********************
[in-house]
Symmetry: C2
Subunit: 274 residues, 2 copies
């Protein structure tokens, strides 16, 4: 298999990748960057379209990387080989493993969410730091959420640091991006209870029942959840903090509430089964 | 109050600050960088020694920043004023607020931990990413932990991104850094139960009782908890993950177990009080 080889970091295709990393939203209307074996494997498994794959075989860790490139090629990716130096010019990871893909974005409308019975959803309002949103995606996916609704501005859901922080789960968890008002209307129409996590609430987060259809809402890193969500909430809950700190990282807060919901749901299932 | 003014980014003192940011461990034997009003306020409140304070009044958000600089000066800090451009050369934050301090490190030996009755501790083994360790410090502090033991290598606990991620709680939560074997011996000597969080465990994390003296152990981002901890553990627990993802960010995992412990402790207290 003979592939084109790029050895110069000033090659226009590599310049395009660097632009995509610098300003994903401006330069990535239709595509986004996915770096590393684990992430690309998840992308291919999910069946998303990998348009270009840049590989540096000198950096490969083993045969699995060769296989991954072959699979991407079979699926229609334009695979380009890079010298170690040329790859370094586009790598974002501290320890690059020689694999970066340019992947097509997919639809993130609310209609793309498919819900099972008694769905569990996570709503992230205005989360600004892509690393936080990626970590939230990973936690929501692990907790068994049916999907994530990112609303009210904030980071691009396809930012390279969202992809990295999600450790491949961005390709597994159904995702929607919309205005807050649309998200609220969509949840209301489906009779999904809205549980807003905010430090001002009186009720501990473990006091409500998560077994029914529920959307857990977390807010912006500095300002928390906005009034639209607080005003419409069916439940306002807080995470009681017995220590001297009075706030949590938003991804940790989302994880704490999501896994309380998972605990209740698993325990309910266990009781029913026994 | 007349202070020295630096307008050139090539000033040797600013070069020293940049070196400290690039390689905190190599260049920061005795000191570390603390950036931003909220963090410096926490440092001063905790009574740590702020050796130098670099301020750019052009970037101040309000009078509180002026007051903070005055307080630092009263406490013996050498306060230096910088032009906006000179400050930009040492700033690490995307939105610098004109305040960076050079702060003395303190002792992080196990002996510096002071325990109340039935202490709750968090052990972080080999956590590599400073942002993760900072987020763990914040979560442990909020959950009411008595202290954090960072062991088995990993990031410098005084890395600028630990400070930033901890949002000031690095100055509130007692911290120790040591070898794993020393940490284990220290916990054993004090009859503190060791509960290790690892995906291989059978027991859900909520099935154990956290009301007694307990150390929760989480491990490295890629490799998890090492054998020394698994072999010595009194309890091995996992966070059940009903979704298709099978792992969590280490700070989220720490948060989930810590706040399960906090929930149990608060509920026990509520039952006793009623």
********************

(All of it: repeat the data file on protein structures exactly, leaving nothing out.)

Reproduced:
[in-house]
Symmetry: C2
Subunit: 274 residues, 2 copies
């Protein structure tokens, strides 16, 4: 298999990748960057379209990387080989493993969410730091959420640091991006209870029942959840903090509430089964 | 109050600050960088020694920043004023607020931990990413932990991104850094139960009782908890993950177990009080 080889970091295709990393939203209307074996494997498994794959075989860790490139090629990716130096010019990871893909974005409308019975959803309002949103995606996916609704501005859901922080789960968890008002209307129409996590609430987060259809809402890193969500909430809950700190990282807060919901749901299932 | 003014980014003192940011461990034997009003306020409140304070009044958000600089000066800090451009050369934050301090490190030996009755501790083994360790410090502090033991290598606990991620709680939560074997011996000597969080465990994390003296152990981002901890553990627990993802960010995992412990402790207290 003979592939084109790029050895110069000033090659226009590599310049395009660097632009995509610098300003994903401006330069990535239709595509986004996915770096590393684990992430690309998840992308291919999910069946998303990998348009270009840049590989540096000198950096490969083993045969699995060769296989991954072959699979991407079979699926229609334009695979380009890079010298170690040329790859370094586009790598974002501290320890690059020689694999970066340019992947097509997919639809993130609310209609793309498919819900099972008694769905569990996570709503992230205005989360600004892509690393936080990626970590939230990973936690929501692990907790068994049916999907994530990112609303009210904030980071691009396809930012390279969202992809990295999600450790491949961005390709597994159904995702929607919309205005807050649309998200609220969509949840209301489906009779999904809205549980807003905010430090001002009186009720501990473990006091409500998560077994029914529920959307857990977390807010912006500095300002928390906005009034639209607080005003419409069916439940306002807080995470009681017995220590001297009075706030949590938003991804940790989302994880704490999501896994309380998972605990209740698993325990309910266990009781029913026994 | 007349202070020295630096307008050139090539000033040797600013070069020293940049070196400290690039390689905190190599260049920061005795000191570390603390950036931003909220963090410096926490440092001063905790009574740590702020050796130098670099301020750019052009970037101040309000009078509180002026007051903070005055307080630092009263406490013996050498306060230096910088032009906006000179400050930009040492700033690490995307939105610098004109305040960076050079702060003395303190002792992080196990002996510096002071325990109340039935202490709750968090052990972080080999956590590599400073942002993760900072987020763990914040979560442990909020959950009411008595202290954090960072062991088995990993990031410098005084890395600028630990400070930033901890949002000031690095100055509130007692911290120790040591070898794993020393940490284990220290916990054993004090009859503190060791509960290790690892995906291989059978027991859900909520099935154990956290009301007694307990150390929760989480491990490295890629490799998890090492054998020394698994072999010595009194309890091995996992966070059940009903979704298709099978792992969590280490700070989220720490948060989930810590706040399960906090929930149990608060509920026990509520039952006793009623």